Expertise over experience: which to value?

How did they find her? She appears on "Expert Sources", a perfectly respectable site (I am on it myself), which allows journalists in need of expertise to do a quick and dirty search for individuals with knowledge of a topic.

Is that acceptable? Again: yes, no, maybe. In matters of psychology there is a difficulty when it comes to obtaining views: the psychologist responsible for a patient may not hold forth in public (confidentiality); but nor may a colleague practising in the same area (unprofessional).

Besides, papers as respectable as the Times have happily quoted as an "expert" on trans matters a certain Ken Zucker. That's problematic: because in terms of lifetime's work, focus and involvement, he undoubtedly has an expert voice. Its just, from the perspective of the trans community, asking Zucker for insight is on a par with asking Joseph Goebbels for insight into matters of Jewish etiquette.

Oh: he knows the area alright. He really does know the area: it's just that his conclusions are controversial and widely rejected, even by many within the professional establishment within which he works.

But back to the Mirror and Ms Sherr? Did either of them do anything wrong? Not really. Certainly not Ms Sherr, who appears to have received a mild publicity boost from a slightly off the wall request. But she answered honestly: at no time misrepresented herself.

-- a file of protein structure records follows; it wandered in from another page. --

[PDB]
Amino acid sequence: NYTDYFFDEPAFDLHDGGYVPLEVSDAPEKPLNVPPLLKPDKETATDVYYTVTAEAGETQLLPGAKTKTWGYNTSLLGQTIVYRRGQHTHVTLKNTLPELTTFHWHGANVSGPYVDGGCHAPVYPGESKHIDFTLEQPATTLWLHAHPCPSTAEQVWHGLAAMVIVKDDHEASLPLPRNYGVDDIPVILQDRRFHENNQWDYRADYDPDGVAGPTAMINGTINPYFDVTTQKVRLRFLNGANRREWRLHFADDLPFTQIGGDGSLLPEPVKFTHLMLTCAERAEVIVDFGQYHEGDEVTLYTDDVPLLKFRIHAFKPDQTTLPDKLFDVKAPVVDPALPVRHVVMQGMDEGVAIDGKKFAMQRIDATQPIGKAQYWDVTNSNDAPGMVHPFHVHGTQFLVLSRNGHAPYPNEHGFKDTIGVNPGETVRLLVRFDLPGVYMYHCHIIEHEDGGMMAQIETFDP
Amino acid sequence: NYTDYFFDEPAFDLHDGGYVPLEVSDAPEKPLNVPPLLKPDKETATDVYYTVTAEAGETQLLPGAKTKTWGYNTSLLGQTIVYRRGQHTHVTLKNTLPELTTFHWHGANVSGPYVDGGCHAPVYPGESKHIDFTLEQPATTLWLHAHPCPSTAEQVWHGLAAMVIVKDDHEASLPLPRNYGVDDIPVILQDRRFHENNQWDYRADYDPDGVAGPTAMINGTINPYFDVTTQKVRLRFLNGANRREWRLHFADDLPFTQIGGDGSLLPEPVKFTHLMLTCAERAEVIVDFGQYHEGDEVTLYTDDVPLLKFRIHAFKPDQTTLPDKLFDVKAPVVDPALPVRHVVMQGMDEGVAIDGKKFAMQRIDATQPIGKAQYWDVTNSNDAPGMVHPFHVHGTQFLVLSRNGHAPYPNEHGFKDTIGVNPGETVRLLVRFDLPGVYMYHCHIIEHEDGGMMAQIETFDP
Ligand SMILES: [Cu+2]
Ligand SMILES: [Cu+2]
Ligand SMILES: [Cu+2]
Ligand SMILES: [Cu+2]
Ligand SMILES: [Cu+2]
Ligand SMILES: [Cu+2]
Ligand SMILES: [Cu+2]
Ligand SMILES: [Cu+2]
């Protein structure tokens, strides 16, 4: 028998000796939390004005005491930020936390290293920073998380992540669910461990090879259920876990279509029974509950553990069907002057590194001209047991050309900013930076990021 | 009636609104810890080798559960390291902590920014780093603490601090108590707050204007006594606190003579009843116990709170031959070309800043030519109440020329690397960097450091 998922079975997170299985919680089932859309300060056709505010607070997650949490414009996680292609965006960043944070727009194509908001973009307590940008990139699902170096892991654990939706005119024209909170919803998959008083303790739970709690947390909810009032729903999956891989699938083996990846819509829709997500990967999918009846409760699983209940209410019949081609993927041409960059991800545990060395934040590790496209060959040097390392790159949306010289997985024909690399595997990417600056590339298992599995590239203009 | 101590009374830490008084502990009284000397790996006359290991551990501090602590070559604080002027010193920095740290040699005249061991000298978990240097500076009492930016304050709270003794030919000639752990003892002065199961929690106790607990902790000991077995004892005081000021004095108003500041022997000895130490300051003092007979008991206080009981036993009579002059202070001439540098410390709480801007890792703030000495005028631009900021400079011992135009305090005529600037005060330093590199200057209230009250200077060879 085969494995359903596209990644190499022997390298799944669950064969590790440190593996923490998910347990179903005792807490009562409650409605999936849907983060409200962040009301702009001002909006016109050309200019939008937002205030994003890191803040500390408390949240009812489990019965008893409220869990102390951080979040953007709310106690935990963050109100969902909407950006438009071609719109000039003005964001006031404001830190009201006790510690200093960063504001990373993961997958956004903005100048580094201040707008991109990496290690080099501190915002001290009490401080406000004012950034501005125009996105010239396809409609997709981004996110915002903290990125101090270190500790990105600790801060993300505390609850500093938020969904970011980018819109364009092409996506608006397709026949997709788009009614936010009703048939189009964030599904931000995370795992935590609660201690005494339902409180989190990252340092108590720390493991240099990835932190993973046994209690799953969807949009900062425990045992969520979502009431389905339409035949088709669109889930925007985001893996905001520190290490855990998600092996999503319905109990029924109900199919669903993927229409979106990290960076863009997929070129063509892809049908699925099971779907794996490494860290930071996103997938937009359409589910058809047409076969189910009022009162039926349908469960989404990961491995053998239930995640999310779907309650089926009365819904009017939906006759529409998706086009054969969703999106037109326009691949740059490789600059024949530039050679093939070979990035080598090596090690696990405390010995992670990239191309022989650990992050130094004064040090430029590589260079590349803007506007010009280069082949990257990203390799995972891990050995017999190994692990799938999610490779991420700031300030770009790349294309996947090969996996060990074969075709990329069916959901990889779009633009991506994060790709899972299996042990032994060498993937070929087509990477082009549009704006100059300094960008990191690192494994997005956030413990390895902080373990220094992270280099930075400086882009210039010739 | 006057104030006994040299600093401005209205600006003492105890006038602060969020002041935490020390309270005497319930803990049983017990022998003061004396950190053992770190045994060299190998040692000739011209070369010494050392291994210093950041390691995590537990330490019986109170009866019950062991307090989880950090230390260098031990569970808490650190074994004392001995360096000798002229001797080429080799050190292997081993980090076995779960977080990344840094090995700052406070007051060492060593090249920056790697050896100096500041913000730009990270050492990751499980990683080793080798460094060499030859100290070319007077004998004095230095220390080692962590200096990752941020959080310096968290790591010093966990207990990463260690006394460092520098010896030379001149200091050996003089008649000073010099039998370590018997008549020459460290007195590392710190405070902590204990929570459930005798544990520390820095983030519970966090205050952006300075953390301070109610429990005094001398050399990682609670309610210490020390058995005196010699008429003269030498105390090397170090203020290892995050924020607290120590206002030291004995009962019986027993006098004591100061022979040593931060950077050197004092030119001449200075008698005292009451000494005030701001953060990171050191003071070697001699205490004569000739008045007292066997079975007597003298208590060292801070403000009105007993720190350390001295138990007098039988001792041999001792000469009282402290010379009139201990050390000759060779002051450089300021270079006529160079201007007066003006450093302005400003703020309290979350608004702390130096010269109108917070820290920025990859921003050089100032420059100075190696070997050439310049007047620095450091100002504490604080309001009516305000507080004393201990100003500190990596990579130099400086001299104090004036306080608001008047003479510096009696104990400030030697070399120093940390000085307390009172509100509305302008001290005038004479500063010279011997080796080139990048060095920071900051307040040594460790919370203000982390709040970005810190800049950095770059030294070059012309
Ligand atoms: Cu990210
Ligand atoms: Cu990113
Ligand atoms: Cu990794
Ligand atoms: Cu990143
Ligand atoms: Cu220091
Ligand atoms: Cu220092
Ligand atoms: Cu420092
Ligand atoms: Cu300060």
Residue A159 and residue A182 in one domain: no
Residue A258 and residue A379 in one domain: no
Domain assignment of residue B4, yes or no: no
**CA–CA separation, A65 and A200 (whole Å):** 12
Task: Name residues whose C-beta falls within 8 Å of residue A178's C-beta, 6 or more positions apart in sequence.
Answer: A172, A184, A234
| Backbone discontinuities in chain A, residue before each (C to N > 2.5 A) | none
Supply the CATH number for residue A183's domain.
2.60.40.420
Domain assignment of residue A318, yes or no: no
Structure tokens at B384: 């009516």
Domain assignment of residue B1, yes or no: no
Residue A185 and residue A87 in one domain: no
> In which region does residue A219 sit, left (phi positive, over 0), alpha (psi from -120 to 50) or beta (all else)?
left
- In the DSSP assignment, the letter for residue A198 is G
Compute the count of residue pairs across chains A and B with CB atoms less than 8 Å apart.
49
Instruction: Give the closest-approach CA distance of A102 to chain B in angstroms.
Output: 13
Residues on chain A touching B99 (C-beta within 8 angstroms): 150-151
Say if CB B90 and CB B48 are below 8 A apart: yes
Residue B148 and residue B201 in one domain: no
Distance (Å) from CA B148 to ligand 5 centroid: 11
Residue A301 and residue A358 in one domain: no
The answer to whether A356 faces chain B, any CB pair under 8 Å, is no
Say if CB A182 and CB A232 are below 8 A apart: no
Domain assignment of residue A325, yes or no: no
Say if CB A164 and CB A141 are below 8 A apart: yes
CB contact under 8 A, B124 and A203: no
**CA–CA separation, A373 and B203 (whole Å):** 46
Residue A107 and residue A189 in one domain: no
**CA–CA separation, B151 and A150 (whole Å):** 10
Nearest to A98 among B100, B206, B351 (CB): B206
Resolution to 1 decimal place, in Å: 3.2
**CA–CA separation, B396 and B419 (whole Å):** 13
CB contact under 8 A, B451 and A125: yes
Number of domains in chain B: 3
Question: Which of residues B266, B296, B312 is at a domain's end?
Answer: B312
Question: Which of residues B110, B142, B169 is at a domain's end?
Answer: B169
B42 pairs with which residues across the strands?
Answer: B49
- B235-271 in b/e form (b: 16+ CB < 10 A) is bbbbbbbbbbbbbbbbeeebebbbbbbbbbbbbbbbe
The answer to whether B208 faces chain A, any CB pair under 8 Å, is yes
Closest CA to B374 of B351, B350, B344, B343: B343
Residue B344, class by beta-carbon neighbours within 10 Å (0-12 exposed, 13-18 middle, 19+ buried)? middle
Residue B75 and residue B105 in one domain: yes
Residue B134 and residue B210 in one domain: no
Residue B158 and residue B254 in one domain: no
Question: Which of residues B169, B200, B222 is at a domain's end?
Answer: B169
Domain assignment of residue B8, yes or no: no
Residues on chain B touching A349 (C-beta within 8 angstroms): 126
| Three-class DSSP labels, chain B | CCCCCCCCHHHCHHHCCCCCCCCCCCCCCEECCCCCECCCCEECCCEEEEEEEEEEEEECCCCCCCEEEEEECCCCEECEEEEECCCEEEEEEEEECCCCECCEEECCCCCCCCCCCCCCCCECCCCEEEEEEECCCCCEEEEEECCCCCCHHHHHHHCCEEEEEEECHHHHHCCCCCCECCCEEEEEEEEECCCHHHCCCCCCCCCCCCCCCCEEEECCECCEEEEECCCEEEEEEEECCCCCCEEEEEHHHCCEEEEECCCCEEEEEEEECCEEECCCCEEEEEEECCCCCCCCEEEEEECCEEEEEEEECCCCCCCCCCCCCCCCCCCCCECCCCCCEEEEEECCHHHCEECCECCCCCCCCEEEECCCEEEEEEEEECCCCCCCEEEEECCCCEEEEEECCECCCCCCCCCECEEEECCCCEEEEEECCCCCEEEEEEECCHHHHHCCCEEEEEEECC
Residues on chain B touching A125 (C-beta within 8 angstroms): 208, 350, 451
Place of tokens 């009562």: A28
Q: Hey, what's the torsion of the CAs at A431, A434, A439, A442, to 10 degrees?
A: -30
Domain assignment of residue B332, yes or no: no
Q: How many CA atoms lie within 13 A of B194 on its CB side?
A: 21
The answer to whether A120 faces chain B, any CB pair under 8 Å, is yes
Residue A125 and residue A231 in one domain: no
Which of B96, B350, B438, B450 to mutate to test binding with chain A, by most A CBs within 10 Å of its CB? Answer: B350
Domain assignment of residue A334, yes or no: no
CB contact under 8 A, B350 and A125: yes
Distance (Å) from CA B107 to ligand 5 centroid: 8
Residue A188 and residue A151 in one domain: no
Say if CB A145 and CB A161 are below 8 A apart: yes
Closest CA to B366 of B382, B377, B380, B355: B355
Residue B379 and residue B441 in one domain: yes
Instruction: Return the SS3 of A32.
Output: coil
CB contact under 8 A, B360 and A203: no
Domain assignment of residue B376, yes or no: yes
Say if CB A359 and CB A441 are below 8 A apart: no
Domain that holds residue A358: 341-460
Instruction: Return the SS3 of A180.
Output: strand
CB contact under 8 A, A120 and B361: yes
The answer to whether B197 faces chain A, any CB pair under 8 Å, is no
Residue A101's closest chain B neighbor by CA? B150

As a journalist myself, I can sense the desperation of the reporter pulling the story together. Its there - and then the editor bounces back with a demand for "expert input". But its Friday: and all the experts are abed (or out at posh soirees).

The real problem, which takes us back, I think, to Radio 4, is an apparently insatiable social demand for "expertise", when mere humanity would do. Were the Mirror asking detailed questions about hormone regimes, Ms Sherr would have been a wholly inappropriate interviewee: but they weren't. Rather, they were asking for a view on the entire package, which she gave.

So, it's bad that Radio 4 could not find female experts to talk on the subject they did. At the end of the day, though, the real issue seems more basic: a world view, across the media, that sees expertise as necessary, when sometimes experience would do just as well. Worse, a world view that holds expertise as somehow superior, even when dealing with the day to day, to experience.